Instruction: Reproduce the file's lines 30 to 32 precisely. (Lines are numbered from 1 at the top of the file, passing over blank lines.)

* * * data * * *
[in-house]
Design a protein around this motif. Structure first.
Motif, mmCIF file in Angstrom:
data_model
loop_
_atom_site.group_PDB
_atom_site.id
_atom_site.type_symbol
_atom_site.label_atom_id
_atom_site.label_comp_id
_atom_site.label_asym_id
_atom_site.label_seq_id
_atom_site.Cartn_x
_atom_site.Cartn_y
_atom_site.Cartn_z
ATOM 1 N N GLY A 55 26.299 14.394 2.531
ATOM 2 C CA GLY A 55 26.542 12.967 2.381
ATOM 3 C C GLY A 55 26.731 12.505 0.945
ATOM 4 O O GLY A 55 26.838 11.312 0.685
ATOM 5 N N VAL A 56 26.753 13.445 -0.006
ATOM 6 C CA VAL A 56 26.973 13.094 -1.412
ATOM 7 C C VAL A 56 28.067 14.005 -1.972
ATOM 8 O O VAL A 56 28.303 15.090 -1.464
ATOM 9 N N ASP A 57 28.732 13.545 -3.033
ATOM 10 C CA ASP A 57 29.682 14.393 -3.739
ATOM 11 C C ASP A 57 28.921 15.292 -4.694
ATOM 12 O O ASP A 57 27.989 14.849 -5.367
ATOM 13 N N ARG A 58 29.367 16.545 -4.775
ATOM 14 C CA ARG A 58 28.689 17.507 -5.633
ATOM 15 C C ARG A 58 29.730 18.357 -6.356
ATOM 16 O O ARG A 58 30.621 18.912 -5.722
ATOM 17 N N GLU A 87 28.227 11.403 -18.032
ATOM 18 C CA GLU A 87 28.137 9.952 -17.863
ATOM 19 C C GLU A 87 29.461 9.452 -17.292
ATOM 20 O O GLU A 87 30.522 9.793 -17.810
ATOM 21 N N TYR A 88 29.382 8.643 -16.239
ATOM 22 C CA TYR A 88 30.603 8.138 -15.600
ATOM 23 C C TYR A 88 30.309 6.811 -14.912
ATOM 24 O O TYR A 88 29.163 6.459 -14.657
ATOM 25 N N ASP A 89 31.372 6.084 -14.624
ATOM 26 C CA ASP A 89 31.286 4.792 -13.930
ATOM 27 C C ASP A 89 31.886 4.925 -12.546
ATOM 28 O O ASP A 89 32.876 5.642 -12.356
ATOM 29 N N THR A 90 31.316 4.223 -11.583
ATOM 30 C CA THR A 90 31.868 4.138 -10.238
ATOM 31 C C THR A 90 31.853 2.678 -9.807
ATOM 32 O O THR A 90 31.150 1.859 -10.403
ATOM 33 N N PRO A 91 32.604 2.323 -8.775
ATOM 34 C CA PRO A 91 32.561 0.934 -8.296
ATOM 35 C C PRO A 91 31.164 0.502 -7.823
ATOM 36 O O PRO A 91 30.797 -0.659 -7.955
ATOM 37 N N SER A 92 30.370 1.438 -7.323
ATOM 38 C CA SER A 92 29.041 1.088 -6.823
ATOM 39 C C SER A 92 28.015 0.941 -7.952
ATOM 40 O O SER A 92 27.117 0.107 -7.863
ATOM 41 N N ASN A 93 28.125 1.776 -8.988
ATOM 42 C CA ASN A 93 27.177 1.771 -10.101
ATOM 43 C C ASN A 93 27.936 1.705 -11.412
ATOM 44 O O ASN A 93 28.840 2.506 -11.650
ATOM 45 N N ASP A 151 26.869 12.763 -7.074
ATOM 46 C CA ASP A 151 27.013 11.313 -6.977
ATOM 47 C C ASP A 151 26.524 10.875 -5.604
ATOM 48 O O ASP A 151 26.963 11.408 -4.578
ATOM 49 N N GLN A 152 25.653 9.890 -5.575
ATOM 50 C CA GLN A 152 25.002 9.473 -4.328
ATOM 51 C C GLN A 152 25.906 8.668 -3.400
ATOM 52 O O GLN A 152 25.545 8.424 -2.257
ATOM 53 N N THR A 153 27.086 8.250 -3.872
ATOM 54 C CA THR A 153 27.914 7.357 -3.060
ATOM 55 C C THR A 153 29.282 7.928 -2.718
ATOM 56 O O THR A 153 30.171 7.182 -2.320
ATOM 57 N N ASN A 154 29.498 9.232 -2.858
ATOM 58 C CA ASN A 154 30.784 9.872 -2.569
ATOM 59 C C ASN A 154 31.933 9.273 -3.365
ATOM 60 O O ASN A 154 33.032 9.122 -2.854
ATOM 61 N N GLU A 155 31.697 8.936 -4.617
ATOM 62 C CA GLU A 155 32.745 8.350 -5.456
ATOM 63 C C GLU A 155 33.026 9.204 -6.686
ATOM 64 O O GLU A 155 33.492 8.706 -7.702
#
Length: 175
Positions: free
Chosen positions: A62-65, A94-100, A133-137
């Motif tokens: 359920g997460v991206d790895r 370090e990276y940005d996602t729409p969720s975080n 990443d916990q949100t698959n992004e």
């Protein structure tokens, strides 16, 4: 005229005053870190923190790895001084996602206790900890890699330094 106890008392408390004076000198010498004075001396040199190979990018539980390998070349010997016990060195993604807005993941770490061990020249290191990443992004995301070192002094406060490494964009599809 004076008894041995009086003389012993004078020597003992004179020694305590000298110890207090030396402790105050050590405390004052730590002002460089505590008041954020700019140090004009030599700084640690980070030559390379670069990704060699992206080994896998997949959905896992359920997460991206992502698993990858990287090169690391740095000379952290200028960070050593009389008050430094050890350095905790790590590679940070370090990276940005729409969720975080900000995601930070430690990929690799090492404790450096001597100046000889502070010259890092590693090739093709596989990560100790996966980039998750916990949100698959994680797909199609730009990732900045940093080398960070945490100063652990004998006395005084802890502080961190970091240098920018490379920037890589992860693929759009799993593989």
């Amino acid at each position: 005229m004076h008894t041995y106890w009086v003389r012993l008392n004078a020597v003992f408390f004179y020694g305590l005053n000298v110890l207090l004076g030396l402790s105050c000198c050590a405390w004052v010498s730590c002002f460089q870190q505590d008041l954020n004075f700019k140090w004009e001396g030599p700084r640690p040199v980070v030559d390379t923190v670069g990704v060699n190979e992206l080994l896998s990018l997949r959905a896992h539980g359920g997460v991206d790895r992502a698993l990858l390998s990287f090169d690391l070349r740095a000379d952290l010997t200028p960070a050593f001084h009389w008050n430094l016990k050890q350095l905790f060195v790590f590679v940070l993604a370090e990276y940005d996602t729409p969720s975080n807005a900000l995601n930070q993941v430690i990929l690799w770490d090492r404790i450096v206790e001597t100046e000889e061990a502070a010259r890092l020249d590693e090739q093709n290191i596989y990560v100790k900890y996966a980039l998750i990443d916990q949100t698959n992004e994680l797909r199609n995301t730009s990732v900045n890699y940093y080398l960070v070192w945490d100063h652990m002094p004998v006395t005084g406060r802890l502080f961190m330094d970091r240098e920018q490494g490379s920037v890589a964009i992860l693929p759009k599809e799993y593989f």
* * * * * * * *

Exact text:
ATOM 15 C C ARG A 58 29.730 18.357 -6.356
ATOM 16 O O ARG A 58 30.621 18.912 -5.722
ATOM 17 N N GLU A 87 28.227 11.403 -18.032